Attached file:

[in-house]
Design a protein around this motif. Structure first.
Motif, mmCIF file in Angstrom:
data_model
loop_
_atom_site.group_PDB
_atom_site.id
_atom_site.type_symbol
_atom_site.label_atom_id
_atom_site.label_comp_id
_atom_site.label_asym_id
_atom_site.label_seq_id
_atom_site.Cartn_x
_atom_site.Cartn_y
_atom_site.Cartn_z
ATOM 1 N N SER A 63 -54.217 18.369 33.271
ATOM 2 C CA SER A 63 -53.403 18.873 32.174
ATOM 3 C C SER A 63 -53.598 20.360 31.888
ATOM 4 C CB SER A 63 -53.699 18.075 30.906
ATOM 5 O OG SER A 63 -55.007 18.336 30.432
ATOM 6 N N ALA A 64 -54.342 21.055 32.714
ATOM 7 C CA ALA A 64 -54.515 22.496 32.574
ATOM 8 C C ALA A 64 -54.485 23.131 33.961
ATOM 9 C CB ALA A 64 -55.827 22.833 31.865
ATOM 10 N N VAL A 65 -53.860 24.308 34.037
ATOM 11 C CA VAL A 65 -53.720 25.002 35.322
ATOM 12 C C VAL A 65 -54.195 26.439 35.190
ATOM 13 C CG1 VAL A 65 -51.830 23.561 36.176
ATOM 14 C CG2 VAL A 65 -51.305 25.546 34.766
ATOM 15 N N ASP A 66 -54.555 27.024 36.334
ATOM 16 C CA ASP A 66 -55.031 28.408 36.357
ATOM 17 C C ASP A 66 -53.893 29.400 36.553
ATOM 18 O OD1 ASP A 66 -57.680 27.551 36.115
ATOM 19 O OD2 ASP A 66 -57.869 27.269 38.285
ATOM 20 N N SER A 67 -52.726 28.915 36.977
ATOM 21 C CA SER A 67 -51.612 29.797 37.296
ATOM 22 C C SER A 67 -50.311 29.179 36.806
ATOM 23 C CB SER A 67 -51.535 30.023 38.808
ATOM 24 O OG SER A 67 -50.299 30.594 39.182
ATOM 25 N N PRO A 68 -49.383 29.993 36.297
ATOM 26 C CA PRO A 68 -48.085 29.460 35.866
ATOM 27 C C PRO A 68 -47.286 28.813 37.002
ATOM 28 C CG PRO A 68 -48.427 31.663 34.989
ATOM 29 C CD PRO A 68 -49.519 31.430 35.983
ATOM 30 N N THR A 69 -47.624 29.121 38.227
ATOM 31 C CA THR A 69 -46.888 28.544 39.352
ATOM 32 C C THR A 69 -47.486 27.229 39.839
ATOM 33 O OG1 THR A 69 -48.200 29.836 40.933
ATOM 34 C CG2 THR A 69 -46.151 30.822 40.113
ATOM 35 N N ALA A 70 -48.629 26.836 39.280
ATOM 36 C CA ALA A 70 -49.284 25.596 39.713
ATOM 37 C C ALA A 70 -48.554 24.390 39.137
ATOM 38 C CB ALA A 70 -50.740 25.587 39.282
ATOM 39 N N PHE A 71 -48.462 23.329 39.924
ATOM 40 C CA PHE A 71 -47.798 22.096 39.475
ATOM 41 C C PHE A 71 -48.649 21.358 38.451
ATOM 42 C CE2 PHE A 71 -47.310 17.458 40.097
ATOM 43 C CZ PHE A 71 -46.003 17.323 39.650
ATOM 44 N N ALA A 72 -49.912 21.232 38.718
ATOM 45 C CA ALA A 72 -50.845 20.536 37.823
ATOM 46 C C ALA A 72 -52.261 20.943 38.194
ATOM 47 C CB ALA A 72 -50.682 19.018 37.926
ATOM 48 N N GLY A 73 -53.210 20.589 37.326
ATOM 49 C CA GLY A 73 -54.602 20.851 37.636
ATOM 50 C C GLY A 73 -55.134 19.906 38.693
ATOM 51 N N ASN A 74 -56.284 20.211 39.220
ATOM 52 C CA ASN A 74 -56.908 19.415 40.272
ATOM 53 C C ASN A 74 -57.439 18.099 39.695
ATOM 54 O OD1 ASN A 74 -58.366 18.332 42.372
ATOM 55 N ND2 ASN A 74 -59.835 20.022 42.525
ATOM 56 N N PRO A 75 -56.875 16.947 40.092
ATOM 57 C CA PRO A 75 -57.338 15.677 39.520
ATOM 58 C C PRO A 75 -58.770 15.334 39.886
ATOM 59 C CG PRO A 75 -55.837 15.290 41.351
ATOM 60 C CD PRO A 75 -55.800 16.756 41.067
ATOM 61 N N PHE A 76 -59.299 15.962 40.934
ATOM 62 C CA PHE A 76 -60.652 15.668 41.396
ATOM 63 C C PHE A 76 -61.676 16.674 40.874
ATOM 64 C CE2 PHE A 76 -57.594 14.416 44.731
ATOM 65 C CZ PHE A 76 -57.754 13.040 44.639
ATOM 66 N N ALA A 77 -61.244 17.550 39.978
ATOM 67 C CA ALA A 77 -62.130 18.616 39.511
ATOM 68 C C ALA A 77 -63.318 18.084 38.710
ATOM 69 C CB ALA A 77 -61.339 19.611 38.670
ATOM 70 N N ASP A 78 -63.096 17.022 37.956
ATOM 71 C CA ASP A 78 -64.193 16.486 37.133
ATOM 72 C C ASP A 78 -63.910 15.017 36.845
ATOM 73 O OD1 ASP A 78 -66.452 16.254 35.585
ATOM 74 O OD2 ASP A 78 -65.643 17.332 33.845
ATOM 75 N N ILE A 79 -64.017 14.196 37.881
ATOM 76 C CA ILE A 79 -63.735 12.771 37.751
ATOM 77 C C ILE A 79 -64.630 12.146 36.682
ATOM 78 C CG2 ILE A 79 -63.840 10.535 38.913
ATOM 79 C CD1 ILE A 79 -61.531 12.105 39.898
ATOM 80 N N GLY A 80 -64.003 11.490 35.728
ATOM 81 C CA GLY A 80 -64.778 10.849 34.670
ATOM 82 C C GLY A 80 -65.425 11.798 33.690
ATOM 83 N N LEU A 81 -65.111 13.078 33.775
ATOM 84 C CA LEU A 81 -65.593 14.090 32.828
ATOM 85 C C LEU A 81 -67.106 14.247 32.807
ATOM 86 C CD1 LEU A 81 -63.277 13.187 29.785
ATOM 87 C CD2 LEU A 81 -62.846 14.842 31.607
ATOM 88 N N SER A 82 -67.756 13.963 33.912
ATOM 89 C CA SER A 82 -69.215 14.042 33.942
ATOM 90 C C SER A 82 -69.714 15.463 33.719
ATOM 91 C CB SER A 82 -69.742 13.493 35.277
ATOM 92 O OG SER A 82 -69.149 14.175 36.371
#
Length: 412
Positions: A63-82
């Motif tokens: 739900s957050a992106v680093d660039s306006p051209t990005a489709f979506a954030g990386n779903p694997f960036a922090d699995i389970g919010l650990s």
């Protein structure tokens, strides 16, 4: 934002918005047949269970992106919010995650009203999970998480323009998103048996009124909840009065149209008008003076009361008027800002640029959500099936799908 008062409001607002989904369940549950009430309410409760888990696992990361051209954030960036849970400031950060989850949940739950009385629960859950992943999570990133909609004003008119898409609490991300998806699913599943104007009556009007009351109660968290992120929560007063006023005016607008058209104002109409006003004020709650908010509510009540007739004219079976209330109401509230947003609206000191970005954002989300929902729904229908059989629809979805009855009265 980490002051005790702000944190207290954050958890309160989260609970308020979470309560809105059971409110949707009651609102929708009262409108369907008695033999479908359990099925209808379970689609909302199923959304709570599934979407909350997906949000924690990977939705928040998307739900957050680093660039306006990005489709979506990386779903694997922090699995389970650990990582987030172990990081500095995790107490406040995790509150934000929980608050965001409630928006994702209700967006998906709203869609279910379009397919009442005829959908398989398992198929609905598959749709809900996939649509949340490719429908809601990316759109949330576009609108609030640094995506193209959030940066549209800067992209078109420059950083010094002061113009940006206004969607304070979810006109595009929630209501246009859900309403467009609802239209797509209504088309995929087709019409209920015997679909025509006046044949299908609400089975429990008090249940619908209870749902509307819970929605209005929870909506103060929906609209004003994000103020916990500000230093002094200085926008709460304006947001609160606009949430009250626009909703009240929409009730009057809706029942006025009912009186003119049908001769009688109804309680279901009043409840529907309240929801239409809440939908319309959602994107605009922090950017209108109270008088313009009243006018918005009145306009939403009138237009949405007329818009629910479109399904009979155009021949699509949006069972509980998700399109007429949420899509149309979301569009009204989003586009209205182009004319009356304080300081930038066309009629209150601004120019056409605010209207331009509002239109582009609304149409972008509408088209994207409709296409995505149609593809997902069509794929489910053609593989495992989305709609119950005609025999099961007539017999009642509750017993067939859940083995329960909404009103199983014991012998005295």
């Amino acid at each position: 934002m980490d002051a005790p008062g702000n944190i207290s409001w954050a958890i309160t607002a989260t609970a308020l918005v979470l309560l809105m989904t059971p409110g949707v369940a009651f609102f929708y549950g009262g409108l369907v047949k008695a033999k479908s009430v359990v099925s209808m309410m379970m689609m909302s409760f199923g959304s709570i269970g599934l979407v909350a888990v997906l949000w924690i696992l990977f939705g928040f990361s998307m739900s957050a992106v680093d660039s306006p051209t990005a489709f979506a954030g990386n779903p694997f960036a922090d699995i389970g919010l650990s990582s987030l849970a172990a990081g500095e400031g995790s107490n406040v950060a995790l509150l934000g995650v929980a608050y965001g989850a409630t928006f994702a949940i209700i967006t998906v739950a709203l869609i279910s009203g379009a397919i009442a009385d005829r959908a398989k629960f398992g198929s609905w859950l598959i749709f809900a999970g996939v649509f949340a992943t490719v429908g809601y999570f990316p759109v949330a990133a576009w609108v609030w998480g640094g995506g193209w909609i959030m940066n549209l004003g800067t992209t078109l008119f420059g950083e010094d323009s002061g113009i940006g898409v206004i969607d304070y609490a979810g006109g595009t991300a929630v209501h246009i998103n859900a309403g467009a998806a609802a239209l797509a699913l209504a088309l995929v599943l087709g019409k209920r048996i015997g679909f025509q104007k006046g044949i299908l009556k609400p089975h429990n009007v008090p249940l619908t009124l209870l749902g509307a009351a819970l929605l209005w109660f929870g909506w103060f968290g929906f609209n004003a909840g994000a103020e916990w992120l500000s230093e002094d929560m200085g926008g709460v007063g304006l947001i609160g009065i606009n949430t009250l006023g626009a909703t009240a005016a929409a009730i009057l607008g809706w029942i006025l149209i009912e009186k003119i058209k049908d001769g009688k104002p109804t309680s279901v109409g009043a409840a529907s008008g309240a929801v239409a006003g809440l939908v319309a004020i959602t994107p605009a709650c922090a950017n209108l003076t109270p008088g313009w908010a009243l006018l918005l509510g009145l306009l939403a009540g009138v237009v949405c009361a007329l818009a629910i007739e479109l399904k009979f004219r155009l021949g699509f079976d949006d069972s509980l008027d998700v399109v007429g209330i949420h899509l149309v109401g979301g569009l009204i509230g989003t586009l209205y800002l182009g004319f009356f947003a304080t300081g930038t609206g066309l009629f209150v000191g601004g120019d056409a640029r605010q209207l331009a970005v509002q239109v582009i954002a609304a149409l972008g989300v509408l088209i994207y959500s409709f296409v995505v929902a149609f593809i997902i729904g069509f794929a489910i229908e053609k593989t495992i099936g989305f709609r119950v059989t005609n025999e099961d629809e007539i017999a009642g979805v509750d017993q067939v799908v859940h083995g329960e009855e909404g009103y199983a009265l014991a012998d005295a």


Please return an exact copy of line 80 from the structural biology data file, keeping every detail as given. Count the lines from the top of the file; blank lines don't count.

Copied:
ATOM 65 C CZ PHE A 76 -57.754 13.040 44.639